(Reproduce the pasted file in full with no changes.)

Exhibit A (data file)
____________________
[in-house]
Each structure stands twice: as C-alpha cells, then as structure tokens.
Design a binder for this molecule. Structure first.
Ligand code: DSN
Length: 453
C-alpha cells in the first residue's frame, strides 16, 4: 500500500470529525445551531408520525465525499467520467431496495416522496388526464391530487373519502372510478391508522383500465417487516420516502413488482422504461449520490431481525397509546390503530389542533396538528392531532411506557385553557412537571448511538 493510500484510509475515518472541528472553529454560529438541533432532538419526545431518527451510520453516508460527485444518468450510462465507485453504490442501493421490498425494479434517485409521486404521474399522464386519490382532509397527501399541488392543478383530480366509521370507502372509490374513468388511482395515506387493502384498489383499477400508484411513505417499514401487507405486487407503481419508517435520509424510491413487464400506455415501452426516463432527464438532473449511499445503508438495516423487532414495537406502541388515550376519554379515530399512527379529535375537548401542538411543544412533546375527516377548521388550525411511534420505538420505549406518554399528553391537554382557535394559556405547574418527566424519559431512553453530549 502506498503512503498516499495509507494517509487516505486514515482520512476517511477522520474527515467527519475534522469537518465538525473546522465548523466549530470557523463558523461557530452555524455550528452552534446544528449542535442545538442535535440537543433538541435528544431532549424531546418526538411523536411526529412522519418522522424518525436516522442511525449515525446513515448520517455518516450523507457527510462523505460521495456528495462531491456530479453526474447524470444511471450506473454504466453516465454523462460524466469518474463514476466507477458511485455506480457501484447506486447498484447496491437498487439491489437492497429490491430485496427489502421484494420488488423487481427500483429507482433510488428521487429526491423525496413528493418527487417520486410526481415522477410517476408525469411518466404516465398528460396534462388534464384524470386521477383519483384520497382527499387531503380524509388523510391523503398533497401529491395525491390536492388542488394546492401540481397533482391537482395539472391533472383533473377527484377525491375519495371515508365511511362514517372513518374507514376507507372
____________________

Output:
[in-house]
Each structure stands twice: as C-alpha cells, then as structure tokens.
Design a binder for this molecule. Structure first.
Ligand code: DSN
Length: 453
C-alpha cells in the first residue's frame, strides 16, 4: 500500500470529525445551531408520525465525499467520467431496495416522496388526464391530487373519502372510478391508522383500465417487516420516502413488482422504461449520490431481525397509546390503530389542533396538528392531532411506557385553557412537571448511538 493510500484510509475515518472541528472553529454560529438541533432532538419526545431518527451510520453516508460527485444518468450510462465507485453504490442501493421490498425494479434517485409521486404521474399522464386519490382532509397527501399541488392543478383530480366509521370507502372509490374513468388511482395515506387493502384498489383499477400508484411513505417499514401487507405486487407503481419508517435520509424510491413487464400506455415501452426516463432527464438532473449511499445503508438495516423487532414495537406502541388515550376519554379515530399512527379529535375537548401542538411543544412533546375527516377548521388550525411511534420505538420505549406518554399528553391537554382557535394559556405547574418527566424519559431512553453530549 502506498503512503498516499495509507494517509487516505486514515482520512476517511477522520474527515467527519475534522469537518465538525473546522465548523466549530470557523463558523461557530452555524455550528452552534446544528449542535442545538442535535440537543433538541435528544431532549424531546418526538411523536411526529412522519418522522424518525436516522442511525449515525446513515448520517455518516450523507457527510462523505460521495456528495462531491456530479453526474447524470444511471450506473454504466453516465454523462460524466469518474463514476466507477458511485455506480457501484447506486447498484447496491437498487439491489437492497429490491430485496427489502421484494420488488423487481427500483429507482433510488428521487429526491423525496413528493418527487417520486410526481415522477410517476408525469411518466404516465398528460396534462388534464384524470386521477383519483384520497382527499387531503380524509388523510391523503398533497401529491395525491390536492388542488394546492401540481397533482391537482395539472391533472383533473377527484377525491375519495371515508365511511362514517372513518374507514376507507372